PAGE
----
Al-Abdallah told Enab Baladi that political work is separate from the work of civil society and human rights organizations, and the latter, in particular, must be neutral and independent of any political tensions and protect their space of freedom.
He added that society, in healthy and sound conditions, plays a role of oversight and accountability for politicians, parties, and parliament. This accountability comes through harmony between the media and civil society, and given that society is fragmented and Syria is shattered, no one can play this role except within possible limits.
Al-Abdallah’s opinion, which goes towards preferring civil society organizations not to enter the field of politics, is also related to the fact that, in some countries, including Syria, political parties have organizations that defend them and exploit them politically.
This point, in particular, makes civil work lose its credibility and respect internally (society) and externally among states, so it is not in the interest of any of the parties for organizations to go in this direction.
For his part, Mutasem Syoufi, director of the Day After organization, one of the organizations concerned with the democratic transition in Syria, believes that organizations cannot essentially be a substitute for political parties or trade unions and federations, especially since the conflict in Syria has not ended.
On the ground, organizations play a role in political life, but not in the way that parties practice it, but rather by pushing for certain policies and preparing the general ground for political life, then interacting with parties and others.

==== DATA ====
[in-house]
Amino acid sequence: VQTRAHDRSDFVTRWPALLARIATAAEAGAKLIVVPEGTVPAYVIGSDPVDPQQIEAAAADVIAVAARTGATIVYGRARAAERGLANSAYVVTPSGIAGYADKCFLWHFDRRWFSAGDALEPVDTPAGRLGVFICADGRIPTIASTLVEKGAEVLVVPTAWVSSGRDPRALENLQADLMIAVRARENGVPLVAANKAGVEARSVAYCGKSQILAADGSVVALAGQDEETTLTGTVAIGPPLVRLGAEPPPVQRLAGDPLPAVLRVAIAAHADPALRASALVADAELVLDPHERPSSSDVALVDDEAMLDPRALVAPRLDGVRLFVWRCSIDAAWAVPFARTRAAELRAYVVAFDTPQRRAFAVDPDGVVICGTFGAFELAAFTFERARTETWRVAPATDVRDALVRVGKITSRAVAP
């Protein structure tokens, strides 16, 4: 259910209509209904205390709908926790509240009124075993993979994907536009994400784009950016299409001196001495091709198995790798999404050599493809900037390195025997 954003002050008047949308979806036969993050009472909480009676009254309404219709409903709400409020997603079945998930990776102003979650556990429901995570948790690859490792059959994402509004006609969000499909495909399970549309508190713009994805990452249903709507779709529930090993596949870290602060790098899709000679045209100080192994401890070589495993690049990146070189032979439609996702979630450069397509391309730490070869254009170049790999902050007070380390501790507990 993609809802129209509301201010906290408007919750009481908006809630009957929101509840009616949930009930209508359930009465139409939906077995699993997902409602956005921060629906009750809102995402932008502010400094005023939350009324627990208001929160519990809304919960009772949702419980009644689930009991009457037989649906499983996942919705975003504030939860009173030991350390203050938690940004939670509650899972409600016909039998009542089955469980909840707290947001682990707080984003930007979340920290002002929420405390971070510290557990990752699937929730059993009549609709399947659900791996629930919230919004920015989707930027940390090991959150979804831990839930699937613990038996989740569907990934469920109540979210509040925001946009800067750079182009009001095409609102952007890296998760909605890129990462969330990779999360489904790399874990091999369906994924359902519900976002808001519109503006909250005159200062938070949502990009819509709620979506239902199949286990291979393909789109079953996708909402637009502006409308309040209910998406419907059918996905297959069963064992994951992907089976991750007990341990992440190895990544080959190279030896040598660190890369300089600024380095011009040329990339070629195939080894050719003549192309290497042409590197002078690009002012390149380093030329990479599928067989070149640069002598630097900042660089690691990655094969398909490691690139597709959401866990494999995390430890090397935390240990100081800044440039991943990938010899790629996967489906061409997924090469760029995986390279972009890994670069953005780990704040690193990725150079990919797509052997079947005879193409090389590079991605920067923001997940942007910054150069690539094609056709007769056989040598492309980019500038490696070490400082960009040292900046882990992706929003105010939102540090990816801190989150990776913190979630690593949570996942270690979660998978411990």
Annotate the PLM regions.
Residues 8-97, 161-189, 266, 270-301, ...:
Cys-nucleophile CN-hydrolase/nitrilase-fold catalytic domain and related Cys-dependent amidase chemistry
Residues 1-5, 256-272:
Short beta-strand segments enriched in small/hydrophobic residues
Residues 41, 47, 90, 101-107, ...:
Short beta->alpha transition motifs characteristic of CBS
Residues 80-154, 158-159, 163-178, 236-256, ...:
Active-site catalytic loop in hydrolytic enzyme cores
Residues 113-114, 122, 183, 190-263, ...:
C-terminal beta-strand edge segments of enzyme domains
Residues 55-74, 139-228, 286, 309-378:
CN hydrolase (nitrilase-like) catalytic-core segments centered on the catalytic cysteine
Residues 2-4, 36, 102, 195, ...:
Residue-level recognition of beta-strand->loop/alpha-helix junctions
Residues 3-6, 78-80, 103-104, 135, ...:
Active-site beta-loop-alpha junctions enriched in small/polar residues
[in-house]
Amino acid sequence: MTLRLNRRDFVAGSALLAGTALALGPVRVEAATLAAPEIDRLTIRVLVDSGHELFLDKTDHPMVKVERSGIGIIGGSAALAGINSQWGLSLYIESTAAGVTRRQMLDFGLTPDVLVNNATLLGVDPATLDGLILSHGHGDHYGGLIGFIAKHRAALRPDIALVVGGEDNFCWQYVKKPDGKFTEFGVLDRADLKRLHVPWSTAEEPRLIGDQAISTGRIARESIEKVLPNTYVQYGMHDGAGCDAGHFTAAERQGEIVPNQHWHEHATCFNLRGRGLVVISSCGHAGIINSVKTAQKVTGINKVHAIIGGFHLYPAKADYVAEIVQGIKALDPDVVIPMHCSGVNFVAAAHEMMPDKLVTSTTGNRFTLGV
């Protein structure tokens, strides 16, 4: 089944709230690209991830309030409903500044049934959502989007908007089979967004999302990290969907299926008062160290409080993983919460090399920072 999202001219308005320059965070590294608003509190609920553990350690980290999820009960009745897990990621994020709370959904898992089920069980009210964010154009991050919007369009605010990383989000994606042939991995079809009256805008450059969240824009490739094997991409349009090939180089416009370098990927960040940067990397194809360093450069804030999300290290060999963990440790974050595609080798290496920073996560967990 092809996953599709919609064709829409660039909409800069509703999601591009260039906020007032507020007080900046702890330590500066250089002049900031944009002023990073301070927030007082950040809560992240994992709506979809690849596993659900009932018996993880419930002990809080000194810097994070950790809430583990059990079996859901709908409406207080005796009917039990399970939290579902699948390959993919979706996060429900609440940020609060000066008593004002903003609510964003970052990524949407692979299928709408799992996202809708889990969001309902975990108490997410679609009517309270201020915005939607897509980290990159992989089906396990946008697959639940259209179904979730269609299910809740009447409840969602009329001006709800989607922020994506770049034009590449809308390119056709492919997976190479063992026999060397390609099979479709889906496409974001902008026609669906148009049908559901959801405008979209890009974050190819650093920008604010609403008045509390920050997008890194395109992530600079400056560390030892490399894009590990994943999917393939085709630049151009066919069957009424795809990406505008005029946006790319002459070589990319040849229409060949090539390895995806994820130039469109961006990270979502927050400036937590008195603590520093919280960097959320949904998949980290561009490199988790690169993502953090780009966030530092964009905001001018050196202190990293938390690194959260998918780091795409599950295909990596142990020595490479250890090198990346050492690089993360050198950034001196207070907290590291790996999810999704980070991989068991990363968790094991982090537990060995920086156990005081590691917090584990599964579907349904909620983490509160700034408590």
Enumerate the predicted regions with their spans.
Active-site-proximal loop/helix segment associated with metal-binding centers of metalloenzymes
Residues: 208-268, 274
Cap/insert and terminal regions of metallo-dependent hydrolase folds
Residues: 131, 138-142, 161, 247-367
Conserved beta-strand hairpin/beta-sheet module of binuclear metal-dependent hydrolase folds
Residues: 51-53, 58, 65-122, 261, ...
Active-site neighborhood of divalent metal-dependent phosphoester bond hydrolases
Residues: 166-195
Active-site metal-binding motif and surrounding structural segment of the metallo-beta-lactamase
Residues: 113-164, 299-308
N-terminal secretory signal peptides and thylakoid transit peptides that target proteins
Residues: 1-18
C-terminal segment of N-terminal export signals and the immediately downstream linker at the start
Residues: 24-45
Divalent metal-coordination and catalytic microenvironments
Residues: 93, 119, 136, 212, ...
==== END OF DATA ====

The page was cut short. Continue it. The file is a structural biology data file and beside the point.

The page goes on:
Thus, according to Syoufi, the political role played by civil organizations is to defend the cause they adopt, but it cannot be a substitute for political parties that express political ideas and beliefs that represent the interests and ideas of broad social groups.
Considering that the human rights file is one of the most important files related to the future of transitional justice in Syria, al-Baaj believes that human rights organizations, in particular, should stay away from politics because their role must be neutral by exposing crimes and prosecuting war criminals, regardless of their affiliation.
Does civil society produce political figures?
Syrian civil organizations have gained, through many years of work, various experiences in building partnerships, relations, and communication with diplomatic officials in various countries that have intervened to support the Syrian file.
These accumulated experiences, and the failure of the traditional Syrian opposition to export new faces capable of leading the current stage in the face of the recent political gains of the Syrian regime, may push towards new figures taking the lead in political action.
The source of these personalities is the Syrian civil organizations, which in turn may seem able to provide new names.
However, the success of these names is linked to several considerations in turn, the most important of which is having political ambition and moving in the direction of politics, according to the former diplomat al-Baaj.
While the director of the Syrian Justice and Accountability Center, al-Abdallah, believes that Syrian organizations may produce personalities who exit civil work to enter political work, as happened in Lebanon and Iraq earlier, he also indicated that the best way to practice political work lies in the running in fair elections.
Al-Abdallah also considered that it is too early to talk about this matter because the political class of the opposition is dominated by political parties and monopolizes opinion, and is controlled by the supporting countries that impose their decisions, as in the Syrian Constitutional Committee, so at this stage, it is not possible for new political figures to emerge from Civil work.